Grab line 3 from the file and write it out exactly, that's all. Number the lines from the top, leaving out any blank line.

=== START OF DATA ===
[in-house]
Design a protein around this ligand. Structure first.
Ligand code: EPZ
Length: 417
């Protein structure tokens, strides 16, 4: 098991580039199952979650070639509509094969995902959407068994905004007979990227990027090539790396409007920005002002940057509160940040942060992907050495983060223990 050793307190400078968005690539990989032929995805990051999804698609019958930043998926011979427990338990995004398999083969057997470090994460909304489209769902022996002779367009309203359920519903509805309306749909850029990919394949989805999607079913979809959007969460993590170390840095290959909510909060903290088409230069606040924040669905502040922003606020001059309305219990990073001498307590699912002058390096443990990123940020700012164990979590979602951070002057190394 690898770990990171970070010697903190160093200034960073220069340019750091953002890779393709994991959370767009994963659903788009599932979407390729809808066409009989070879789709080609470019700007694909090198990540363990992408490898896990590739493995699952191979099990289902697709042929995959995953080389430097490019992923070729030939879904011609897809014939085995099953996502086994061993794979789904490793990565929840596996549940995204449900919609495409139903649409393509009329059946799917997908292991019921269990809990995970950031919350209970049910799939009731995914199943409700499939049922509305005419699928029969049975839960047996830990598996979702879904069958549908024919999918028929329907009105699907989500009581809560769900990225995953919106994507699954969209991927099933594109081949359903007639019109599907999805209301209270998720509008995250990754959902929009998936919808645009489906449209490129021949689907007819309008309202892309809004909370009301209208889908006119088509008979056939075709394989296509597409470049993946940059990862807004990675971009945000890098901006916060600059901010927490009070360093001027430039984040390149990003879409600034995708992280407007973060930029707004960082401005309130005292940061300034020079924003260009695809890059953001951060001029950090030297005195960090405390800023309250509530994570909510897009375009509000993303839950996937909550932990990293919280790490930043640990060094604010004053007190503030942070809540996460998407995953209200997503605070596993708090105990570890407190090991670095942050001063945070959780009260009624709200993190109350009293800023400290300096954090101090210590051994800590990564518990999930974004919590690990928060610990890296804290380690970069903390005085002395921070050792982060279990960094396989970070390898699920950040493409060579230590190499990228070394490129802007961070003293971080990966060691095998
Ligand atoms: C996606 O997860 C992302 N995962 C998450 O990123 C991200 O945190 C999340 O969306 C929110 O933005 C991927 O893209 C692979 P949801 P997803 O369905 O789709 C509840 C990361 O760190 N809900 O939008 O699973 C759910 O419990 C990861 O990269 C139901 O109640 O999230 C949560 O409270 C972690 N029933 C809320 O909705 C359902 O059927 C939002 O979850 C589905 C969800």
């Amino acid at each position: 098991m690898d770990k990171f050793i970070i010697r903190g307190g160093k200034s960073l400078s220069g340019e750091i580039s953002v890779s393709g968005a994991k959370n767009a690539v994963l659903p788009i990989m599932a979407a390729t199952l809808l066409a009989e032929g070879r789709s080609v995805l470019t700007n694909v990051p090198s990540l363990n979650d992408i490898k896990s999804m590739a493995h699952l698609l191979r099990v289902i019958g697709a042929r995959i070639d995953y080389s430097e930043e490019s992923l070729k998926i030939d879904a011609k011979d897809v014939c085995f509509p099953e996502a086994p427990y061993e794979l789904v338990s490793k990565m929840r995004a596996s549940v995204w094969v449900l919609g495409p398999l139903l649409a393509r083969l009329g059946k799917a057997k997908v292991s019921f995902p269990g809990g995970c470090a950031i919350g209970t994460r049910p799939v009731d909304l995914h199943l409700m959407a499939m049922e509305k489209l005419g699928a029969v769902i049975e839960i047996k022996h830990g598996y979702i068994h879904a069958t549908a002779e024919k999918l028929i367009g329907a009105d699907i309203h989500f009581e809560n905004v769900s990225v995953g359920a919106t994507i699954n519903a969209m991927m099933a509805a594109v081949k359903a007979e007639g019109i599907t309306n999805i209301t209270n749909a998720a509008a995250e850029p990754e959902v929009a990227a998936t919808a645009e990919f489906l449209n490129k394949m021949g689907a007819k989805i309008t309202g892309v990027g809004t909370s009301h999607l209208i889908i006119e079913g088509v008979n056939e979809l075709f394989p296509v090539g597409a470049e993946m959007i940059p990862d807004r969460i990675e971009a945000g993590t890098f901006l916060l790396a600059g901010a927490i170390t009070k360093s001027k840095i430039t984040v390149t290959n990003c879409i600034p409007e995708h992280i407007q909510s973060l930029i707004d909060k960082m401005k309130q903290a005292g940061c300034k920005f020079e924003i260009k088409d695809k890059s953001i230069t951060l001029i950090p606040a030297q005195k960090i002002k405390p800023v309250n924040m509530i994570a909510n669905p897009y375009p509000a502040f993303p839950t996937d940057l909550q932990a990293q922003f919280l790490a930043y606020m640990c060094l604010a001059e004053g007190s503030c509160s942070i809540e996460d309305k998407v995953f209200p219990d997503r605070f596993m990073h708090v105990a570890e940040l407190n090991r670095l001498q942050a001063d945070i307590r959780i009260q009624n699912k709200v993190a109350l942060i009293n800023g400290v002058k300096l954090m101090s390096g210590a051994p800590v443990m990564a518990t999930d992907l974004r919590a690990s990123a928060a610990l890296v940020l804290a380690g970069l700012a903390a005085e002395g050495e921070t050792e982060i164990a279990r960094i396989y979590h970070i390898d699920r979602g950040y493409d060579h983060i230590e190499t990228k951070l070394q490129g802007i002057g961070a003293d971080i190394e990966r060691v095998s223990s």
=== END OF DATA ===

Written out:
Ligand code: EPZ